Amplification of interlimb reflexes evoked by stimulating the hand simultaneously with conditioning from the foot during locomotion
1 Department of Integrative Physiology, Kyorin University School of Medicine, 6-20-2 Shinkawa, Mitaka, Japan
2 Rehabilitation Neuroscience Laboratory, University of Victoria, PO Box 3010 STN CSC, V8W 3P1, Victoria, BC, Canada
3 Department of Health and Sports Sciences, Faculty of Education, Chiba University, Chiba, Japan
4 Human Discovery Science, International Collaboration on Repair Discoveries (ICORD), Vancouver, BC, Canada
5 Centre for Biomedical Research, University of Victoria, Victoria, BC, Canada
6 Division of Medical Sciences, University of Victoria, Victoria, BC, Canada
7 School of Exercise Science, Physical, and Health Education, University of Victoria, Victoria, BC, Canada
BMC Neuroscience 2013, 14:28 doi:10.1186/1471-2202-14-28Published: 13 March 2013
Widespread interlimb reflexes evoked in leg muscles by cutaneous stimulation of the hand are phase-modulated and behaviorally relevant to produce functional changes in ankle trajectory during walking. These reflexes are complementary to the segmental responses evoked by stimulation at the ankle. Despite differences in the expression of reflex amplitude based upon site of nerve stimulation, there are some common features as well, suggesting the possibility of shared interneuronal pathways. Currently little is known about integration or shared reflex systems from interlimb cutaneous networks during human locomotion. Here we investigated convergent reflex effects following cutaneous stimulation of the hand and foot during arm and leg cycling (AL) by using spatial facilitation. Participants performed AL cycling and static activation of the target muscle knee extensor vastus lateralis (VL) in 3 different randomly ordered nerve stimulation conditions: 1) superficial radial nerve (SR; input from hand); 2) superficial peroneal nerve (SP; input from foot); and, 3) combined stimulation (SR + SP). Stimuli were applied around the onset of rhythmic EMG bursts in VL corresponding to the onset of the power or leg extension phase.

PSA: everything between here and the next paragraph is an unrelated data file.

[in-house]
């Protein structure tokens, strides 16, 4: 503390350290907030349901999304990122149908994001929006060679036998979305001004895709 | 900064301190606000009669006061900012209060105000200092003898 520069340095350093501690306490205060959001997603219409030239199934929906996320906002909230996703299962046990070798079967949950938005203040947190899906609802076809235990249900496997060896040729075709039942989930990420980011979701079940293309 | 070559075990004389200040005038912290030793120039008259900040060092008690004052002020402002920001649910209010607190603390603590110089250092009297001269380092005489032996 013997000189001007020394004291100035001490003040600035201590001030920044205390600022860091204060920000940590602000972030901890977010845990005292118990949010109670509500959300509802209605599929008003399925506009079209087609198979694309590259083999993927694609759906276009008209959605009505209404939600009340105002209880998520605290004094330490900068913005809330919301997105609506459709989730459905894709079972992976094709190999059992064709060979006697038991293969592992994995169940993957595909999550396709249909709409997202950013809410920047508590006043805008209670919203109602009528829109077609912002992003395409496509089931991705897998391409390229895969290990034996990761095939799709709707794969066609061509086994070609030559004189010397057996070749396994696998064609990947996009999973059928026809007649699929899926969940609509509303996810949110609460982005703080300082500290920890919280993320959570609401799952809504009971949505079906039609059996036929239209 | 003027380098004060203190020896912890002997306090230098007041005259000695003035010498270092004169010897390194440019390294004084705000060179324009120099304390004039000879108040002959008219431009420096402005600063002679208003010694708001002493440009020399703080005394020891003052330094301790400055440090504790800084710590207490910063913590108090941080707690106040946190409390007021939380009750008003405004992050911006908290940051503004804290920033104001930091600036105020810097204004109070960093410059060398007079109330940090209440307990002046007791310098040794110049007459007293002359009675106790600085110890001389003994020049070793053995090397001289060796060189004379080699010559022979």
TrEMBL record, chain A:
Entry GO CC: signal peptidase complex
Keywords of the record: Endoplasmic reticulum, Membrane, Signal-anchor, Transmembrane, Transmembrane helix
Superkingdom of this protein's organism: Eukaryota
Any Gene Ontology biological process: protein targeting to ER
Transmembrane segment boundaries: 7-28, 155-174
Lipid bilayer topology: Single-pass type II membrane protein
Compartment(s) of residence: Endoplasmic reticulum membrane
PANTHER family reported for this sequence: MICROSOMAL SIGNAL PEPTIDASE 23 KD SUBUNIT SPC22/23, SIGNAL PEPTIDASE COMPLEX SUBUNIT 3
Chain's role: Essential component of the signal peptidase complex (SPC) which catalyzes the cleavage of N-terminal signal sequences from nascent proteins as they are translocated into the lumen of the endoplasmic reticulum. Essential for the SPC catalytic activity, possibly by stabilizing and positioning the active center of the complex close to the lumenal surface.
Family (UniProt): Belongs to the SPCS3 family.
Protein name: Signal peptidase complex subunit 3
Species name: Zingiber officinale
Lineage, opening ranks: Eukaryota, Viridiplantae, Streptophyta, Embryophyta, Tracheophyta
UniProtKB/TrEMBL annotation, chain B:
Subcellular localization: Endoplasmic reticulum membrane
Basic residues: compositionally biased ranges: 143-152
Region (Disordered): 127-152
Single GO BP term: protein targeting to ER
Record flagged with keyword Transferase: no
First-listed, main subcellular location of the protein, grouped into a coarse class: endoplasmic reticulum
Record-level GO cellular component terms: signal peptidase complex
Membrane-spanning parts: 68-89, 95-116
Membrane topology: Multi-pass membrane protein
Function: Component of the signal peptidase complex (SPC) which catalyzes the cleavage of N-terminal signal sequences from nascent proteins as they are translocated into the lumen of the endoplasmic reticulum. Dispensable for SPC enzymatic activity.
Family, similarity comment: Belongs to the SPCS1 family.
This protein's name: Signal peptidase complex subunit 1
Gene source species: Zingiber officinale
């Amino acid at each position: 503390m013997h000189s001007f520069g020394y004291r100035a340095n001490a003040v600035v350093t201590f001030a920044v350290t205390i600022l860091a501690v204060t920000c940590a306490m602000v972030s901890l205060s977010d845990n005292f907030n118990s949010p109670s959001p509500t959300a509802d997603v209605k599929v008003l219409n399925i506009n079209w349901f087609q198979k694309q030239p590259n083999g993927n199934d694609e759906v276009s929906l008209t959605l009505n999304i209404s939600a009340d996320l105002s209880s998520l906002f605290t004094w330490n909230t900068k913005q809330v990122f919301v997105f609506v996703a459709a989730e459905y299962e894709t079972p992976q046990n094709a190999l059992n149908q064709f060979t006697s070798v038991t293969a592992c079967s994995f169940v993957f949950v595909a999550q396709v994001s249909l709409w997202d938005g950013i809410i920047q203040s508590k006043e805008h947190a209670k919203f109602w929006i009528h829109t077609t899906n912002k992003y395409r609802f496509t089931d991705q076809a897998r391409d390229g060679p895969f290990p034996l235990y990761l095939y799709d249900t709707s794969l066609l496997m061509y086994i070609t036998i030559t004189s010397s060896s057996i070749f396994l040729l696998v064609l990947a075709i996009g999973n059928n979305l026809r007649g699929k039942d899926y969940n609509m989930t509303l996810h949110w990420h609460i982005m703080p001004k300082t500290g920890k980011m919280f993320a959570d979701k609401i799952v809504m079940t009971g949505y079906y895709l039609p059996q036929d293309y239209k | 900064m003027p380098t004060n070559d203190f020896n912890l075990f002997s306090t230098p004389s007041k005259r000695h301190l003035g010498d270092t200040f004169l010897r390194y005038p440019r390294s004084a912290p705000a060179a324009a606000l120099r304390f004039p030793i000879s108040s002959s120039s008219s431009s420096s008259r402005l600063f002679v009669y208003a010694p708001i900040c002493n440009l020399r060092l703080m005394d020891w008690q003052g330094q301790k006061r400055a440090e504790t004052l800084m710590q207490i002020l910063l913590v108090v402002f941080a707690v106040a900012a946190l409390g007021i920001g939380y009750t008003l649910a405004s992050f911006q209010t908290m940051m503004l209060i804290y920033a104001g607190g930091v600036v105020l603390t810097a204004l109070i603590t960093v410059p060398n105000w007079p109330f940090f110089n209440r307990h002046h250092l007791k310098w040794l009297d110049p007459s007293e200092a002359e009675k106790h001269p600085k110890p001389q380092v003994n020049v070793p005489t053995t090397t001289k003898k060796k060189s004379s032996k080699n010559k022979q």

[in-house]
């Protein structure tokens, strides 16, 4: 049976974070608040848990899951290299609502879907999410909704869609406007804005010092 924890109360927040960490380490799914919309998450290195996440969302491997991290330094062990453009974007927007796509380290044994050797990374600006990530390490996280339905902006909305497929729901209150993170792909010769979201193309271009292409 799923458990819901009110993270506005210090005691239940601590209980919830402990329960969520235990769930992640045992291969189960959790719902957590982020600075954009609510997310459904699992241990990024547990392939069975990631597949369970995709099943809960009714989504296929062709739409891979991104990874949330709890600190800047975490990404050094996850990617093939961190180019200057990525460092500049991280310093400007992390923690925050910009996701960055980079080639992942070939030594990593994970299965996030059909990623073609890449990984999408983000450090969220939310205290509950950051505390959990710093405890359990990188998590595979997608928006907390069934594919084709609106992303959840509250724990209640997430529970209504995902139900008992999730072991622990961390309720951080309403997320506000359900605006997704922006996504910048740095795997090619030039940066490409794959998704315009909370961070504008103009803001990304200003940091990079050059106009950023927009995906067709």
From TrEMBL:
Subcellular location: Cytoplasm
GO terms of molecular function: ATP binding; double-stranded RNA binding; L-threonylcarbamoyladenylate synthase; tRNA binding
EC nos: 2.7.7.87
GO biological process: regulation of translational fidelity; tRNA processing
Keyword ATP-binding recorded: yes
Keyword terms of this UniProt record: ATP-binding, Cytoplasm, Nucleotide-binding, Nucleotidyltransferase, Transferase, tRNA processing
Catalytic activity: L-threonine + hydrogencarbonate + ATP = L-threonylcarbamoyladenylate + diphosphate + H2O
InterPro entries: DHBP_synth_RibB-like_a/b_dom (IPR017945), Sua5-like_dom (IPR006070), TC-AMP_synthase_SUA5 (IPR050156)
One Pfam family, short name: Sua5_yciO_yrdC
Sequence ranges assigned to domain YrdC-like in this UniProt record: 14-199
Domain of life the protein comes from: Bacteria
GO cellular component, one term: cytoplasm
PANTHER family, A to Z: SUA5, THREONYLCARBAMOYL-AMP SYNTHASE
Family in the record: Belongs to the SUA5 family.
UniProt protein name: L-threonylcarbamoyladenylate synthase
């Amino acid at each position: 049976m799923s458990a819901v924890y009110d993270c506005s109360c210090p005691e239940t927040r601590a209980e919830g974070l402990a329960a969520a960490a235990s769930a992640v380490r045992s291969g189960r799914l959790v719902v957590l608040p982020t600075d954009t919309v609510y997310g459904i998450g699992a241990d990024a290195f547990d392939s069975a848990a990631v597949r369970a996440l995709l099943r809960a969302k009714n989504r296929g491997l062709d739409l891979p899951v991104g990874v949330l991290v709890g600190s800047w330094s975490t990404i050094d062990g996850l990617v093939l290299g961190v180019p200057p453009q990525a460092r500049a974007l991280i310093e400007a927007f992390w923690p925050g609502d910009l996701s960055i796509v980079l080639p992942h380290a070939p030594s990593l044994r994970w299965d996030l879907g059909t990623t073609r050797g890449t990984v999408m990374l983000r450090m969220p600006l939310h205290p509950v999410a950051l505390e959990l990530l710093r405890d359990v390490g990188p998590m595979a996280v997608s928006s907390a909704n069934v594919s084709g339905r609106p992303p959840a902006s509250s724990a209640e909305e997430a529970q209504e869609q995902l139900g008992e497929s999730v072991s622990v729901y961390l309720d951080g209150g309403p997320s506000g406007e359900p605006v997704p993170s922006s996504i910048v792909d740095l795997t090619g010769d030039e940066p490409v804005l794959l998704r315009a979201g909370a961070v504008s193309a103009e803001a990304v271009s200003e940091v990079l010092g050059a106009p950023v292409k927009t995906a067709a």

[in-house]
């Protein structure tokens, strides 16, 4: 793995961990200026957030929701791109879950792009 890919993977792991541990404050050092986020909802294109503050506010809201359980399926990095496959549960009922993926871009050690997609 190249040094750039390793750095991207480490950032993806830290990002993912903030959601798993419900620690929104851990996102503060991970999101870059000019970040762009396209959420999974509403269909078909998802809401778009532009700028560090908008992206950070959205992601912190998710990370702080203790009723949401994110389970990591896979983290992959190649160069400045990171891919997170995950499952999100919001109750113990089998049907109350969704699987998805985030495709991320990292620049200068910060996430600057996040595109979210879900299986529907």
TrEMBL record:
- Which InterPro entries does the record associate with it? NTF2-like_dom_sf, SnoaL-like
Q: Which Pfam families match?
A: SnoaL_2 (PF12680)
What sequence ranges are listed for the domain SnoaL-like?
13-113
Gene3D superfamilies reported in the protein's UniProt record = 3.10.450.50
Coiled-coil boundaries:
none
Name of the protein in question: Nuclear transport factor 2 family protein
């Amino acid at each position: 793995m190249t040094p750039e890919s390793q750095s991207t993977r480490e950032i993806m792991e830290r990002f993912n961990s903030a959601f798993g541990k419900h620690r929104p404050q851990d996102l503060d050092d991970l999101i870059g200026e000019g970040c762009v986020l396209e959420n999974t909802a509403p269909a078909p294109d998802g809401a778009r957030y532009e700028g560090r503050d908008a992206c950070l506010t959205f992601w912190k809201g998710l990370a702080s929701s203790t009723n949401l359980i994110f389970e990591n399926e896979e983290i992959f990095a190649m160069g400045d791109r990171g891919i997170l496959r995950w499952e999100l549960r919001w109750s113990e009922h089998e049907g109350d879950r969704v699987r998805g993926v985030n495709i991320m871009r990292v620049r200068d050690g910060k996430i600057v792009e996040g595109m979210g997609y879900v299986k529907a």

During AL cycling, small inhibitory (~80 ms) and large facilitatory reflexes (~100 ~ 150 ms) were seen in VL. The amplitudes of the facilitatory responses with SR + SP stimulation were significantly larger than those for SP or SR stimulation alone. The facilitation was also significantly larger than the simple mathematical summation of amplitudes from SP and SR trials. This indicates extra facilitation beyond what would be accounted for by serial neuronal processing and was not observed during static activation.
We conclude that AL cycling activates shared interneurons in convergent reflex pathways from cutaneous inputs innervating the hand and leg. This enhanced activity has functional implications for corrective responses during locomotion and for translation to rehabilitation after neurotrauma.